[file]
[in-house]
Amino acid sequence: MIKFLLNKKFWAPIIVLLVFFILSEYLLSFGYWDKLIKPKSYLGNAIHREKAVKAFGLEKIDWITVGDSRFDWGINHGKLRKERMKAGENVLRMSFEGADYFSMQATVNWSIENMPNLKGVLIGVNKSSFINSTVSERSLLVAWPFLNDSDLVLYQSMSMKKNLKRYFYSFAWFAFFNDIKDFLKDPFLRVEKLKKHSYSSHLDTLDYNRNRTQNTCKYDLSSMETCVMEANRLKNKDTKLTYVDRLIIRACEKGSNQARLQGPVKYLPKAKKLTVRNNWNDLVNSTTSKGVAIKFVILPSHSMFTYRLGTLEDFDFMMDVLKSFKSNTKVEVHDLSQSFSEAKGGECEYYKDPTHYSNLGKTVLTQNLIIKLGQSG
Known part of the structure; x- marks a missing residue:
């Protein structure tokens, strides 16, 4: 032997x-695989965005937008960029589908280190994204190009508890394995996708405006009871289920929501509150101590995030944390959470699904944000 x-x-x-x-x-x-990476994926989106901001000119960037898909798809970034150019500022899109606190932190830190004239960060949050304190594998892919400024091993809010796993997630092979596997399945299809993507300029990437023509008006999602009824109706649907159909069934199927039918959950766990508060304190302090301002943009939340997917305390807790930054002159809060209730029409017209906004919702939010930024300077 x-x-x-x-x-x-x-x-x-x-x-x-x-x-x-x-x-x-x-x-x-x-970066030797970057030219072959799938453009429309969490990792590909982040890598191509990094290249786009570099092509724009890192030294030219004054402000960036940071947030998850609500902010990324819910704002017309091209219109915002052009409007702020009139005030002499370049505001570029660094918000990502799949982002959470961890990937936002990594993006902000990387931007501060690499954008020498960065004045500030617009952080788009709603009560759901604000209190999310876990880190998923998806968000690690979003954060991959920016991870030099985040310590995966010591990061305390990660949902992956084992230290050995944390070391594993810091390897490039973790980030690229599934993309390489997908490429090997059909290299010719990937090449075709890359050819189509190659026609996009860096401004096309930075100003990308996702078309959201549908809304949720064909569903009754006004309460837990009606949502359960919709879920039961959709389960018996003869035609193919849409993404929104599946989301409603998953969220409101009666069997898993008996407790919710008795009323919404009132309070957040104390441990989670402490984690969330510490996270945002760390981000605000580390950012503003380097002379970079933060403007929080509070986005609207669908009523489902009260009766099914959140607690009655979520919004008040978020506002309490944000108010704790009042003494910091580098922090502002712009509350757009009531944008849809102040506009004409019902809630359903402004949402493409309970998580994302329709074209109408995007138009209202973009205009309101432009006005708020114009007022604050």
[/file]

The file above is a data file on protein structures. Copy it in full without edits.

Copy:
[in-house]
Amino acid sequence: MIKFLLNKKFWAPIIVLLVFFILSEYLLSFGYWDKLIKPKSYLGNAIHREKAVKAFGLEKIDWITVGDSRFDWGINHGKLRKERMKAGENVLRMSFEGADYFSMQATVNWSIENMPNLKGVLIGVNKSSFINSTVSERSLLVAWPFLNDSDLVLYQSMSMKKNLKRYFYSFAWFAFFNDIKDFLKDPFLRVEKLKKHSYSSHLDTLDYNRNRTQNTCKYDLSSMETCVMEANRLKNKDTKLTYVDRLIIRACEKGSNQARLQGPVKYLPKAKKLTVRNNWNDLVNSTTSKGVAIKFVILPSHSMFTYRLGTLEDFDFMMDVLKSFKSNTKVEVHDLSQSFSEAKGGECEYYKDPTHYSNLGKTVLTQNLIIKLGQSG
Known part of the structure; x- marks a missing residue:
């Protein structure tokens, strides 16, 4: 032997x-695989965005937008960029589908280190994204190009508890394995996708405006009871289920929501509150101590995030944390959470699904944000 x-x-x-x-x-x-990476994926989106901001000119960037898909798809970034150019500022899109606190932190830190004239960060949050304190594998892919400024091993809010796993997630092979596997399945299809993507300029990437023509008006999602009824109706649907159909069934199927039918959950766990508060304190302090301002943009939340997917305390807790930054002159809060209730029409017209906004919702939010930024300077 x-x-x-x-x-x-x-x-x-x-x-x-x-x-x-x-x-x-x-x-x-x-970066030797970057030219072959799938453009429309969490990792590909982040890598191509990094290249786009570099092509724009890192030294030219004054402000960036940071947030998850609500902010990324819910704002017309091209219109915002052009409007702020009139005030002499370049505001570029660094918000990502799949982002959470961890990937936002990594993006902000990387931007501060690499954008020498960065004045500030617009952080788009709603009560759901604000209190999310876990880190998923998806968000690690979003954060991959920016991870030099985040310590995966010591990061305390990660949902992956084992230290050995944390070391594993810091390897490039973790980030690229599934993309390489997908490429090997059909290299010719990937090449075709890359050819189509190659026609996009860096401004096309930075100003990308996702078309959201549908809304949720064909569903009754006004309460837990009606949502359960919709879920039961959709389960018996003869035609193919849409993404929104599946989301409603998953969220409101009666069997898993008996407790919710008795009323919404009132309070957040104390441990989670402490984690969330510490996270945002760390981000605000580390950012503003380097002379970079933060403007929080509070986005609207669908009523489902009260009766099914959140607690009655979520919004008040978020506002309490944000108010704790009042003494910091580098922090502002712009509350757009009531944008849809102040506009004409019902809630359903402004949402493409309970998580994302329709074209109408995007138009209202973009205009309101432009006005708020114009007022604050």